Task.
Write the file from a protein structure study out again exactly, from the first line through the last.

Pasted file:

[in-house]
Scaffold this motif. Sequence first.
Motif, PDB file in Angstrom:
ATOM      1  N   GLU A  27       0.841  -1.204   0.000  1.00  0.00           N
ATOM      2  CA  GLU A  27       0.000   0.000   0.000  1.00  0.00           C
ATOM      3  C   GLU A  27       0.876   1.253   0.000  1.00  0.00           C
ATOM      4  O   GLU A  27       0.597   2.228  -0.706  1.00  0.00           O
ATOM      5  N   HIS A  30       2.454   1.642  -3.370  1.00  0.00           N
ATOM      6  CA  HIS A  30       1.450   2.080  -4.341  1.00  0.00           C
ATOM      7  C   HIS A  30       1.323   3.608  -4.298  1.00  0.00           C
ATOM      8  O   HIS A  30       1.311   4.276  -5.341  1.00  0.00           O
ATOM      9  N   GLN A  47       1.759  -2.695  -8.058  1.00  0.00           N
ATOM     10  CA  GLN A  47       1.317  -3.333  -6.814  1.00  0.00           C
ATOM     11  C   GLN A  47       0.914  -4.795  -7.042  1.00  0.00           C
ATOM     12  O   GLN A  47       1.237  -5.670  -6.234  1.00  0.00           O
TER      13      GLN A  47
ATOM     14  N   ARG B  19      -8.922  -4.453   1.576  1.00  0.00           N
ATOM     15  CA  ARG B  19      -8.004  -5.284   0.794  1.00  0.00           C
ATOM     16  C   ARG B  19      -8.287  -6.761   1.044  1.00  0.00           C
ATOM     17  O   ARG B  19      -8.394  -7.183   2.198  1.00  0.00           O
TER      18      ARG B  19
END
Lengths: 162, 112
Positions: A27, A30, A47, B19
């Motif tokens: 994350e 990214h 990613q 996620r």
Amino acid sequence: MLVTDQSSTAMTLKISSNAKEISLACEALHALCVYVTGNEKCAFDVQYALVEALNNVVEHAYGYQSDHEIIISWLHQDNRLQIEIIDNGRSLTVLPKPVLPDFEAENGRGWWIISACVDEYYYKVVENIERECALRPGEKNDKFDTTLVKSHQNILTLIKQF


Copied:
[in-house]
Scaffold this motif. Sequence first.
Motif, PDB file in Angstrom:
ATOM      1  N   GLU A  27       0.841  -1.204   0.000  1.00  0.00           N
ATOM      2  CA  GLU A  27       0.000   0.000   0.000  1.00  0.00           C
ATOM      3  C   GLU A  27       0.876   1.253   0.000  1.00  0.00           C
ATOM      4  O   GLU A  27       0.597   2.228  -0.706  1.00  0.00           O
ATOM      5  N   HIS A  30       2.454   1.642  -3.370  1.00  0.00           N
ATOM      6  CA  HIS A  30       1.450   2.080  -4.341  1.00  0.00           C
ATOM      7  C   HIS A  30       1.323   3.608  -4.298  1.00  0.00           C
ATOM      8  O   HIS A  30       1.311   4.276  -5.341  1.00  0.00           O
ATOM      9  N   GLN A  47       1.759  -2.695  -8.058  1.00  0.00           N
ATOM     10  CA  GLN A  47       1.317  -3.333  -6.814  1.00  0.00           C
ATOM     11  C   GLN A  47       0.914  -4.795  -7.042  1.00  0.00           C
ATOM     12  O   GLN A  47       1.237  -5.670  -6.234  1.00  0.00           O
TER      13      GLN A  47
ATOM     14  N   ARG B  19      -8.922  -4.453   1.576  1.00  0.00           N
ATOM     15  CA  ARG B  19      -8.004  -5.284   0.794  1.00  0.00           C
ATOM     16  C   ARG B  19      -8.287  -6.761   1.044  1.00  0.00           C
ATOM     17  O   ARG B  19      -8.394  -7.183   2.198  1.00  0.00           O
TER      18      ARG B  19
END
Lengths: 162, 112
Positions: A27, A30, A47, B19
């Motif tokens: 994350e 990214h 990613q 996620r």
Amino acid sequence: MLVTDQSSTAMTLKISSNAKEISLACEALHALCVYVTGNEKCAFDVQYALVEALNNVVEHAYGYQSDHEIIISWLHQDNRLQIEIIDNGRSLTVLPKPVLPDFEAENGRGWWIISACVDEYYYKVVENIERECALRPGEKNDKFDTTLVKSHQNILTLIKQF